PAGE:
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hypothetical because article 50 has not been treate trigger. who suffers most from this? >> the investors just do not know, which is the framework in which they can do investment, and as long as they do not know, they will stay away and play a wait and see game. this could really damage britain's economy. manus: we are running into political high season in europe, domestically in your own country and in france. is there a substantial political movement to the right in france? with that change the negotiating stance of the eu? >> in my view, is certainly would. the view of the far right in
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france would certainly not be in favor of closer european integration were following the european idea further. it may in fact, trigger other movements in other countries to think more about separation. therefore, it is very important now to figure out, what are the common ideas that can unite various european countries and governments. one of these, we have to figure out how to make clear again, benefits that citizens in europe enjoy from being in the european union. caroline: francine lacqua beneft citizens had a conversation yesterday. from what she heard, we heard we would not be able to have passport business allowed. is a prevalent in the rest of germany? >> i think that could be one consequence. it is a real consequence there
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because on the one hand, if britain is not willing to allow the free movement of people, the free movement of labor, it will also have repercussions on the question of how freely capital can move. this has to do with banks. in the end, it will always center around those freedoms and to what extent those parties are willing to preserve them. we will of course, return to this many times as we get ready for the election in germany, and when indeed, article 50 is trigger. that was joerg rocholl. manus: thank you. with with a magnitude 6.2 earthquake stucruck in italy, you are looking at live shot of the horrific scene. really, this is a significant event in italy. the recovery process is
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underway. we are live in rome for the latest. this is bloomberg. ♪
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caroline: welcome back to "on the move." 52 minutes into the trading day. top performers are in media. wpp, outperforms. sales are up, profit is up, helped by a weaker pound. on the downside, look at the south african affect.
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international, a big exposure to south africa. we have concern about the finance minister once again. he is once again, being questioned by police. we see that affecting the rand. now, here are highlights for the rest of your day. joe biden has arrived in turkey on a visit to strengthen ties between the countries in the aftershock of a failed military coopup. meanwhile, angela merkel continues her tour around europe. time, we get u.k. mortgage applications data out of the u.s. manus: 21 people have reportedly been killed after a 6.2 magnitude earthquake that hit the center of earthquake. that is according to the sky tg24 television channel. missing 100 people are
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in the town of pescara del tronto. let's get straight to rome and to bloomberg's kevin costello. kevin, what is the latest? we are looking at pictures of the rubble and rescue efforts underway. kevin: right now, the rescue workers are frantically searching for anybody who might be alive. as you mentioned, the death toll is 21, but that is certain to increase as the day goes on. caroline: kevin, give us a sense of how out of the ordinary this is. how much is italy affected by such an earthquake? kevin: of course, italy has been hit by earthquakes previously. this has come as no shock. the earthquake hit an area about 70 to 80 miles northeast of rome. the earthquake itself was still in the capital.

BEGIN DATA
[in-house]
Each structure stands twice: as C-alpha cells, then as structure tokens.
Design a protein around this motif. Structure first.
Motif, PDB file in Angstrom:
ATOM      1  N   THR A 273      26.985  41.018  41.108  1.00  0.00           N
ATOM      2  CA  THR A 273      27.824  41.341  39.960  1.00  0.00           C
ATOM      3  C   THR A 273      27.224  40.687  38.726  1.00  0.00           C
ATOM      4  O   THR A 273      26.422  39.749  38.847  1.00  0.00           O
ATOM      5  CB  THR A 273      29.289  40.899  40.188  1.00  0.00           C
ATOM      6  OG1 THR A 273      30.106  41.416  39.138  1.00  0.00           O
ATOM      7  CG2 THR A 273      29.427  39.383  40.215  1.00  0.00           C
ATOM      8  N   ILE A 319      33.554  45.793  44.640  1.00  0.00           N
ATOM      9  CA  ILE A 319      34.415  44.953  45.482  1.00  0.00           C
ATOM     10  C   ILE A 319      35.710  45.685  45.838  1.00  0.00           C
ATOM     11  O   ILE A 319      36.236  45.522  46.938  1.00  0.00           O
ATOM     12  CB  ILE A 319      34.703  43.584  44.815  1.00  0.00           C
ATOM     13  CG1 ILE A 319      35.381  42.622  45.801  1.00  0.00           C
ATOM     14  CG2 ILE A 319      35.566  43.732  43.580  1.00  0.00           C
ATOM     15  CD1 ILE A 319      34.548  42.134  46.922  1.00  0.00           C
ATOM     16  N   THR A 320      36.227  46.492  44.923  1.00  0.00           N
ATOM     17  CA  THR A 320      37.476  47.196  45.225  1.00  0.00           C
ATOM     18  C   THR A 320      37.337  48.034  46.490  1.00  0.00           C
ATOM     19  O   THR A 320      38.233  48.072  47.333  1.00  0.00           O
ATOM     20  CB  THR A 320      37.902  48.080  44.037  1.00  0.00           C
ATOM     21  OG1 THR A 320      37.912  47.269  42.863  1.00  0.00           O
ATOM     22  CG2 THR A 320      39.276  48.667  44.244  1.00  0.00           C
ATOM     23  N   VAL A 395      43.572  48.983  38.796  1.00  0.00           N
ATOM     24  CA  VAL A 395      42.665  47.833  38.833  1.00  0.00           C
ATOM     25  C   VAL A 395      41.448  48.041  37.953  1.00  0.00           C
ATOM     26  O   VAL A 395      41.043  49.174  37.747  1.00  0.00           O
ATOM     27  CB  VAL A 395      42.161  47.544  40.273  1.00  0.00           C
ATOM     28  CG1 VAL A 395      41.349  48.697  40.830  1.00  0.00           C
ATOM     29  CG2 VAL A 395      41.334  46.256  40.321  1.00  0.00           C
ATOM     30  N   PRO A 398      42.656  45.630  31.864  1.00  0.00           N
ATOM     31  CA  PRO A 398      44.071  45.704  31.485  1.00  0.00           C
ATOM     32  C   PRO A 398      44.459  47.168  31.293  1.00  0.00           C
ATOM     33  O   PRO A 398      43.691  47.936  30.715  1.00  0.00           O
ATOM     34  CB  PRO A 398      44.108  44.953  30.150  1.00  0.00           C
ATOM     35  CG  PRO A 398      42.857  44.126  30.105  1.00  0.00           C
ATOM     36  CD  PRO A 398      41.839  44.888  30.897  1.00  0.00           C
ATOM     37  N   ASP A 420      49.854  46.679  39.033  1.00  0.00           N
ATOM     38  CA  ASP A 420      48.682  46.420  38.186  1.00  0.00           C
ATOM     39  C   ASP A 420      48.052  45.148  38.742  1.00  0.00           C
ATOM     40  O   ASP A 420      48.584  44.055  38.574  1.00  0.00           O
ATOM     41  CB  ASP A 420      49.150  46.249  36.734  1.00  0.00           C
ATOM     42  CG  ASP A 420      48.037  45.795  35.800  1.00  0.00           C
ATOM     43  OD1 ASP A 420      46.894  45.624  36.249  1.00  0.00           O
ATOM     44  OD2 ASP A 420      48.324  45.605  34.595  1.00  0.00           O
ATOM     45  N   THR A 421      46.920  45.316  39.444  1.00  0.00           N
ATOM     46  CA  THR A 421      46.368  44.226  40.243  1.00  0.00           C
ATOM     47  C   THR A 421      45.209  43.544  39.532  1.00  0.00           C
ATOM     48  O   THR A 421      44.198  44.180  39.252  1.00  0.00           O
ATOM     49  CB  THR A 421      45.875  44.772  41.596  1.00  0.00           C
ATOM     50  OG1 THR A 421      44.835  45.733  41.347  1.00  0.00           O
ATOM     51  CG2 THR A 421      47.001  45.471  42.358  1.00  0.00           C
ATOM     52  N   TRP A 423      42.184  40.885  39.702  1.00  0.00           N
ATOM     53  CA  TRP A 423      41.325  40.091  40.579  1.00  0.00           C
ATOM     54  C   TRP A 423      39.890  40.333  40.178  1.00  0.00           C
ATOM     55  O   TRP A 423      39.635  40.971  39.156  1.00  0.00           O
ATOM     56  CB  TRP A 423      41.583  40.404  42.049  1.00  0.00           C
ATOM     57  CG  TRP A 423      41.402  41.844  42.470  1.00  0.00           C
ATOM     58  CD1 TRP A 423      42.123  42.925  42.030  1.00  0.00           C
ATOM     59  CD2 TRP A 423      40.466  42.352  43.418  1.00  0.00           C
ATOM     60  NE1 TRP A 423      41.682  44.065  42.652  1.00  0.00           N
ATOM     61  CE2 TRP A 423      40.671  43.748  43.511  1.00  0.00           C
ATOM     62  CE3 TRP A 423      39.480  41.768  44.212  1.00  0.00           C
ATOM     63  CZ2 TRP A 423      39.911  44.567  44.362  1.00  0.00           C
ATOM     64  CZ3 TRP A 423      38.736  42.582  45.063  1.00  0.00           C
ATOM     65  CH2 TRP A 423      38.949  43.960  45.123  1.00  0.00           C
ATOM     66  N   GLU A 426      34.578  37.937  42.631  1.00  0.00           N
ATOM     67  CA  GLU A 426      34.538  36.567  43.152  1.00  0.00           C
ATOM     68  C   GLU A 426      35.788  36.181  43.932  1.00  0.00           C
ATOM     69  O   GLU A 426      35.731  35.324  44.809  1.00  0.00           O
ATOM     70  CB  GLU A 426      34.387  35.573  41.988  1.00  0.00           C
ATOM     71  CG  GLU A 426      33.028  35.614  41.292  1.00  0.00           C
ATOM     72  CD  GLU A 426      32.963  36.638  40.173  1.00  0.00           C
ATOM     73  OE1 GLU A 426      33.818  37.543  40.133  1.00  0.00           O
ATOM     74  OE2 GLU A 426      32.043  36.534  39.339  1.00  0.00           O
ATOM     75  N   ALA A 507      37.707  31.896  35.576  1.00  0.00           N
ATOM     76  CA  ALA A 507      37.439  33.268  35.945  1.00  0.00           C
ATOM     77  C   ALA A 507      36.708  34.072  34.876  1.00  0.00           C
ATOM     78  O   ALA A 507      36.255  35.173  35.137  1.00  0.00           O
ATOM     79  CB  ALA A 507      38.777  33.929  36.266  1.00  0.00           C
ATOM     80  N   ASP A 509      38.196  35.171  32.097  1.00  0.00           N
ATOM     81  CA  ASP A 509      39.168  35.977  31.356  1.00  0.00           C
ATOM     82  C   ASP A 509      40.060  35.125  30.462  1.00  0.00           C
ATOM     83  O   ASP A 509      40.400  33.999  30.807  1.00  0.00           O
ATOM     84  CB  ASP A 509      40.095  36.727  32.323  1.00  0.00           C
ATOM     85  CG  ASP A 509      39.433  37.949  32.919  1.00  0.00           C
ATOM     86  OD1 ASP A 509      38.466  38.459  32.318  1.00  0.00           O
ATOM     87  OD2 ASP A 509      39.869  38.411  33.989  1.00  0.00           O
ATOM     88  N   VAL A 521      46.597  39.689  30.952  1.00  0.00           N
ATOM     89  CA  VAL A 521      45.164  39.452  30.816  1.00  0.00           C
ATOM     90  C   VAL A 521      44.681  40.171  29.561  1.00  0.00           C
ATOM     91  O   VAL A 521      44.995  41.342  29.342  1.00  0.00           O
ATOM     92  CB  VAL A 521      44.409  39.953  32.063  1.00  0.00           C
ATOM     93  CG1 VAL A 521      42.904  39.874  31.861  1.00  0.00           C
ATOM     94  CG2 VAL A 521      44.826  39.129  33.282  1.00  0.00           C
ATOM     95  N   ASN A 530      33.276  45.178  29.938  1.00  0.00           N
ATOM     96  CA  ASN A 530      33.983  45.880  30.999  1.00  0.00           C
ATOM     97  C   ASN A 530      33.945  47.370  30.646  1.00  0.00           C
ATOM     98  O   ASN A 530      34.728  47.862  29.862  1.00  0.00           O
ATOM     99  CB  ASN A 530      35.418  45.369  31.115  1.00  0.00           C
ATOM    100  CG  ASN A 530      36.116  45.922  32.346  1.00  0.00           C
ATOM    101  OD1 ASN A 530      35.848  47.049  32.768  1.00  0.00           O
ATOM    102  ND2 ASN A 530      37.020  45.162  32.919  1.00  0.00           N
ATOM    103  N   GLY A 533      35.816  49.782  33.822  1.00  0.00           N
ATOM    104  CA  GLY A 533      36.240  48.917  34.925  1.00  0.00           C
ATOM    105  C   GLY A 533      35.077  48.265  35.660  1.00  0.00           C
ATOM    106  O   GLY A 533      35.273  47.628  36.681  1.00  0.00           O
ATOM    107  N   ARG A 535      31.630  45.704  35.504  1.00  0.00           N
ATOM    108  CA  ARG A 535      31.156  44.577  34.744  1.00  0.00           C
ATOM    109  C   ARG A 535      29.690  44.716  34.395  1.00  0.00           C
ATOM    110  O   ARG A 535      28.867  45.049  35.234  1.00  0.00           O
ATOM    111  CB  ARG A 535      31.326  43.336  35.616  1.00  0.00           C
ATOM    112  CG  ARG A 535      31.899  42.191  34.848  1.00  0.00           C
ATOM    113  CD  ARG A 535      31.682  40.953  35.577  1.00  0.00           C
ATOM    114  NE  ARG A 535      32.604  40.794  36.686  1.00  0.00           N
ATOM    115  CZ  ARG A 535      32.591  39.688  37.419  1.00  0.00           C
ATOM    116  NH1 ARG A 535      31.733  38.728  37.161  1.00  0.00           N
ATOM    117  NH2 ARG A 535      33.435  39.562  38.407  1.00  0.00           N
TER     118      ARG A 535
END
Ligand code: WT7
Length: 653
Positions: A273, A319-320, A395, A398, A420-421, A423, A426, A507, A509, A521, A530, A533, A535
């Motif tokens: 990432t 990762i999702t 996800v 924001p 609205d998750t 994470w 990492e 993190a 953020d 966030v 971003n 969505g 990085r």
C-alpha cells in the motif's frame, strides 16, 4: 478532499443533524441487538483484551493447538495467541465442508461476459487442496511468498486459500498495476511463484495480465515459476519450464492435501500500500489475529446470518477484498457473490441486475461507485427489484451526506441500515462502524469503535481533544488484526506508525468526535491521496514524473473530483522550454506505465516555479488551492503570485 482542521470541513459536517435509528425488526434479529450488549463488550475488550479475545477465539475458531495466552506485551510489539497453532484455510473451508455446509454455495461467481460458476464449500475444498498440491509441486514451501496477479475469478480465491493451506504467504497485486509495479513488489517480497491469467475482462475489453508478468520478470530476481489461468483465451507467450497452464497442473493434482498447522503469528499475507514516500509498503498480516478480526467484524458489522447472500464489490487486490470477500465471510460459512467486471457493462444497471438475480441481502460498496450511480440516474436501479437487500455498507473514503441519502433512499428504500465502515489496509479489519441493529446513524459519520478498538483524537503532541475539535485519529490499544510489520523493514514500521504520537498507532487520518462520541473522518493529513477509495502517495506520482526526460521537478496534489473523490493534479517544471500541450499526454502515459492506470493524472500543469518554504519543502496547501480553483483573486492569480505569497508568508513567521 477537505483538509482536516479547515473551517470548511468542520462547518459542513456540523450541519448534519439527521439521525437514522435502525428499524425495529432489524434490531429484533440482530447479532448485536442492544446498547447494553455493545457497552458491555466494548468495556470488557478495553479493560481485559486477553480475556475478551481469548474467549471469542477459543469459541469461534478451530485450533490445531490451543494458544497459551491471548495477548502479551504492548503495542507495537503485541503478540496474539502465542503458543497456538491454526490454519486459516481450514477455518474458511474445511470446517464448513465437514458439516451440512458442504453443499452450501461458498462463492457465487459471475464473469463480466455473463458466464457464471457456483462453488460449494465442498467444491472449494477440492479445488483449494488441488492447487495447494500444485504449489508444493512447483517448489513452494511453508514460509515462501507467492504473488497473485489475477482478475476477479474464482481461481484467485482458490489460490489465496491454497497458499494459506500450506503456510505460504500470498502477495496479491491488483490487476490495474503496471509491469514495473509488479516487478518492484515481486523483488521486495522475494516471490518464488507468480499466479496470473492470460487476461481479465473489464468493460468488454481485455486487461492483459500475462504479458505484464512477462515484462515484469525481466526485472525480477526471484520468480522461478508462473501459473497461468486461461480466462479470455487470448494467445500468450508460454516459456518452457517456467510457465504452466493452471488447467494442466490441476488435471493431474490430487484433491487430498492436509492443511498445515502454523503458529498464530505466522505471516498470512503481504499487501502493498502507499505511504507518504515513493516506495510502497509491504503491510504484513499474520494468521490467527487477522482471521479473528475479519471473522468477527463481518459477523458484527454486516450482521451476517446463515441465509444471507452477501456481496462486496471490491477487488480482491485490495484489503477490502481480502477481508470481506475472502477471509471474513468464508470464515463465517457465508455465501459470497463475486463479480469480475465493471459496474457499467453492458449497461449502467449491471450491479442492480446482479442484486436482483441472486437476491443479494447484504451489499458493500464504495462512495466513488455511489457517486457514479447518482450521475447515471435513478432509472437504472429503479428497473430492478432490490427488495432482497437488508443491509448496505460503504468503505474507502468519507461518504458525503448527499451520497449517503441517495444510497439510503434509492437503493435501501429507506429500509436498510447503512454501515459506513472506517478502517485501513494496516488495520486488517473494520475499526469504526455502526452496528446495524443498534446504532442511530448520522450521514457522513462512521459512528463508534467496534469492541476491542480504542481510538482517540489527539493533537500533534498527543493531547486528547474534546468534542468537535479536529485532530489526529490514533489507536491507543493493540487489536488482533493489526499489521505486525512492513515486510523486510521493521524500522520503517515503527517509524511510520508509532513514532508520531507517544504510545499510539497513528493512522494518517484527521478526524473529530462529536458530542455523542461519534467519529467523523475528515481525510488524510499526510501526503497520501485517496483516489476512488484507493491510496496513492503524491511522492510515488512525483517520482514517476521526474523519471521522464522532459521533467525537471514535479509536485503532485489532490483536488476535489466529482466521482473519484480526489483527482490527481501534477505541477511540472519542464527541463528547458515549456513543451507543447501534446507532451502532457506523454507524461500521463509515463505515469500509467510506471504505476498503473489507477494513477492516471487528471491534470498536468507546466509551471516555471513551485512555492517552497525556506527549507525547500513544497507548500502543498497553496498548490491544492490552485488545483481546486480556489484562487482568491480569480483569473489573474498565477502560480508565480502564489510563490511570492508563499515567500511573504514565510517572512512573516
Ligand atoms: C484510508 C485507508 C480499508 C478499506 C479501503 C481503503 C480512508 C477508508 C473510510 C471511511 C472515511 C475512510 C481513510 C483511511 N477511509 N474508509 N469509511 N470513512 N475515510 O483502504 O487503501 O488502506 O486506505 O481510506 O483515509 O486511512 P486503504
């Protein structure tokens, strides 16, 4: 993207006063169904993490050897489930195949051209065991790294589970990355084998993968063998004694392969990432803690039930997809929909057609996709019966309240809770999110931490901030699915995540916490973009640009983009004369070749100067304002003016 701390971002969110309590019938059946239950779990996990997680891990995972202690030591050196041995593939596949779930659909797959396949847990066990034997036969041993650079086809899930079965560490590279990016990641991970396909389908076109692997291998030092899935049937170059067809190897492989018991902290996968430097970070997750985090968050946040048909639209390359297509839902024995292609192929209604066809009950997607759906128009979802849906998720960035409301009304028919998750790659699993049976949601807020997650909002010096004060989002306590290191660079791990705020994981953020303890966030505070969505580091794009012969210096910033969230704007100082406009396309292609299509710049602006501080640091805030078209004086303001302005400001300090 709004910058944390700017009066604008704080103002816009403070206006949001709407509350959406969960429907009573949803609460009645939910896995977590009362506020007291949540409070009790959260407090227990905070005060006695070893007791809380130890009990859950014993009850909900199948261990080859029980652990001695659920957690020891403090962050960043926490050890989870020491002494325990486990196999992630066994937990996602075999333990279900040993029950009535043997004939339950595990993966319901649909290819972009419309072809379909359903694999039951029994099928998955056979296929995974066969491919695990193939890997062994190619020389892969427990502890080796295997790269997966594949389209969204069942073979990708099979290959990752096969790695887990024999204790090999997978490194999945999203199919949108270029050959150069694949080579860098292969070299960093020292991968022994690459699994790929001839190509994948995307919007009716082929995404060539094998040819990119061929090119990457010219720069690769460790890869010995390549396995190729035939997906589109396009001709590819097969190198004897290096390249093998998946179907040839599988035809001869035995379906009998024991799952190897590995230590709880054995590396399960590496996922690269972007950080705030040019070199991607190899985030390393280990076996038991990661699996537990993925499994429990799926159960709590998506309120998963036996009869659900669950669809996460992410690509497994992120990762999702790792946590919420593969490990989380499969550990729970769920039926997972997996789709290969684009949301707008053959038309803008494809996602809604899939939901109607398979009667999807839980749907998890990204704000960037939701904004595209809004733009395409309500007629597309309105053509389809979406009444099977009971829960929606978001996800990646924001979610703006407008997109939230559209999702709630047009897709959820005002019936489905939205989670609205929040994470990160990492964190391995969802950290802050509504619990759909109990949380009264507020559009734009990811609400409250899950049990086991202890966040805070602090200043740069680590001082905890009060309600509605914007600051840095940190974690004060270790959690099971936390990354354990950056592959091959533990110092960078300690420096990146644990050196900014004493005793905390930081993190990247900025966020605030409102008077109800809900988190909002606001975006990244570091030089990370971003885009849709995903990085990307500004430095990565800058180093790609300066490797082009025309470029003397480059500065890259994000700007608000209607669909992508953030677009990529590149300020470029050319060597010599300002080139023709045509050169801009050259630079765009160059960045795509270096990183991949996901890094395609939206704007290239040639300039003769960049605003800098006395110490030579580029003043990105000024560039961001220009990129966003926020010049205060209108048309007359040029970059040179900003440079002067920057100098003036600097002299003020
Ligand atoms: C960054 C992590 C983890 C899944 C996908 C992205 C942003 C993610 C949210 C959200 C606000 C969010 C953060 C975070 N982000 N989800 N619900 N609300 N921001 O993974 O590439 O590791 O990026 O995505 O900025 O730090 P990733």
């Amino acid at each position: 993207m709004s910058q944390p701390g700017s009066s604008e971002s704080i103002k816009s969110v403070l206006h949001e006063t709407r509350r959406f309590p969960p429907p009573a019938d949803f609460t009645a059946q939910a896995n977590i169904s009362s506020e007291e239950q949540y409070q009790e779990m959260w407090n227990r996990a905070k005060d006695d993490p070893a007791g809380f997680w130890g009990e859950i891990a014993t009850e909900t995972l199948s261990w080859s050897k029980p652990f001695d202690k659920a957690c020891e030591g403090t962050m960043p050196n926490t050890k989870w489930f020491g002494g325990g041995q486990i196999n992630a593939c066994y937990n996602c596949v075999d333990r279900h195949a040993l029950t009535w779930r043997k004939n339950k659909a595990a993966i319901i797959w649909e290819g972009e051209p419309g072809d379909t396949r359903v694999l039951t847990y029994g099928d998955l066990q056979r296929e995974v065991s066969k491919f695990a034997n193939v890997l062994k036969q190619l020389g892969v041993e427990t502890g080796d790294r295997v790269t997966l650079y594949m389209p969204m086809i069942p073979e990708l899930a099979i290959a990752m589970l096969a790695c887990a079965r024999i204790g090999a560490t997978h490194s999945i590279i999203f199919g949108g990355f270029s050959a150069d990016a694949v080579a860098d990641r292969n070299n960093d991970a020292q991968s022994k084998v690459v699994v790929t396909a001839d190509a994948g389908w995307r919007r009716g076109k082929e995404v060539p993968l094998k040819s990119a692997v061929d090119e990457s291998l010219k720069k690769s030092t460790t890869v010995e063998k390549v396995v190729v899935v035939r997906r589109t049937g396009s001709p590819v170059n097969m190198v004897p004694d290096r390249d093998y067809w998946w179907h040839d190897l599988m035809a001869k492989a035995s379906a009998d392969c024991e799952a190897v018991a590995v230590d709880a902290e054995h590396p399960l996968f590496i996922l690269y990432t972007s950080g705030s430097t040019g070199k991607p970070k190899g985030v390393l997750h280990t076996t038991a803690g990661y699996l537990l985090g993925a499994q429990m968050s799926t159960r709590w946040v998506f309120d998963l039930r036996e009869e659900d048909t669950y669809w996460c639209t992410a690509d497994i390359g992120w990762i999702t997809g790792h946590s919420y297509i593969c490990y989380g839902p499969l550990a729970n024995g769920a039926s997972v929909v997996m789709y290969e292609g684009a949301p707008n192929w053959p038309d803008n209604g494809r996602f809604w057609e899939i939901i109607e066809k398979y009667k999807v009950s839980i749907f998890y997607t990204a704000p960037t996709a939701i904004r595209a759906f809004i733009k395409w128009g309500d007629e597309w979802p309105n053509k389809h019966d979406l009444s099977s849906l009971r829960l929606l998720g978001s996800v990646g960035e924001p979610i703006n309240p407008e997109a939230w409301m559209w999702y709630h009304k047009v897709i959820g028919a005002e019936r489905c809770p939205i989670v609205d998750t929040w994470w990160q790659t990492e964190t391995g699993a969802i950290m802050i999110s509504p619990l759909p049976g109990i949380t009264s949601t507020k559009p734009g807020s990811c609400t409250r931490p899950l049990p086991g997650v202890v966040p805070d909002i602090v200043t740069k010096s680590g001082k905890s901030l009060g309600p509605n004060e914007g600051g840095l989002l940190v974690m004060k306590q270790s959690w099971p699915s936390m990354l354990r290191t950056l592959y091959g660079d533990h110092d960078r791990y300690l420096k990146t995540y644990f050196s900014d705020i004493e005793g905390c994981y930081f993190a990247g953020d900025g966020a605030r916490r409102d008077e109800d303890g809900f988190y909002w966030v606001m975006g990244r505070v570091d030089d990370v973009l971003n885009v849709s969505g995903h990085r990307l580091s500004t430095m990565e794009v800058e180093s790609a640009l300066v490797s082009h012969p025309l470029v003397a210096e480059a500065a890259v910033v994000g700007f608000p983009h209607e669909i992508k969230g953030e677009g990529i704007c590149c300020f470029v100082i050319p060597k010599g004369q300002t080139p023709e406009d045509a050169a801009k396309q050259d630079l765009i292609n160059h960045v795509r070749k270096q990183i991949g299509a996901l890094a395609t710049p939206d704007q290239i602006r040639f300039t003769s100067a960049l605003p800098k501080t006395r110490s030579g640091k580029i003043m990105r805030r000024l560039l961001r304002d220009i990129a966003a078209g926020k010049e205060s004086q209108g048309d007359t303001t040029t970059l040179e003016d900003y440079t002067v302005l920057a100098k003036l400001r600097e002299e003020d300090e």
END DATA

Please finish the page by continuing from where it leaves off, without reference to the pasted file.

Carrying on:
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workingue workers are as hard as they can to find any survivors. sometimes when we put a geographic perspective on this, this is the height of the tourist travel season to italy. geographically, this is right at the heart of italy. to what extent will this impact logistics and travel around the region? villagesll, the themselves are quite small, fairly sparsely populated. however, this is the highest tourist and season. the timehe height of period. kevin costello, reporter from our rome bureau. manus: let's check in on gmm,
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global market movers. we can see some of the equity markets beginning to turn slightly, austria, sweden, and denmark. when it comes to the commodity side, it is definitely this. brent, down 1.8%. energy levels have dropped. the dollar is up for the fourth straight day in a row ahead of jackson hole. the dollar is better bid. commodities and oil, slightly better. but fx volatility is that at a one month high. it is all about fx. caroline: it is indeed. you have to stay with us. up next, it is "the pulse." we will be's reading about more of the market -- we will be speaking about more of the market moves. a beautiful day in berlin, but a little bit of risk aversion. media outperforms and miners
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fall. we will keep a close eye on the tragic events unfolding in italy on "the pulse." this is bloomberg. ♪
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francine: have the debt. glencore beats -- shares trade up twice what it did in 2016 as the reduction lamp pays off. china's cash flow. the pboc injects liquidity into the system. policymakers are not trying to cool a bond rally. a 6.2 magnitude and for -- magnitude earthquake hits italy before dawn. relief estimates -- relief efforts are underway. ♪ francine: looking to "the pulse." live from bloomberg'eu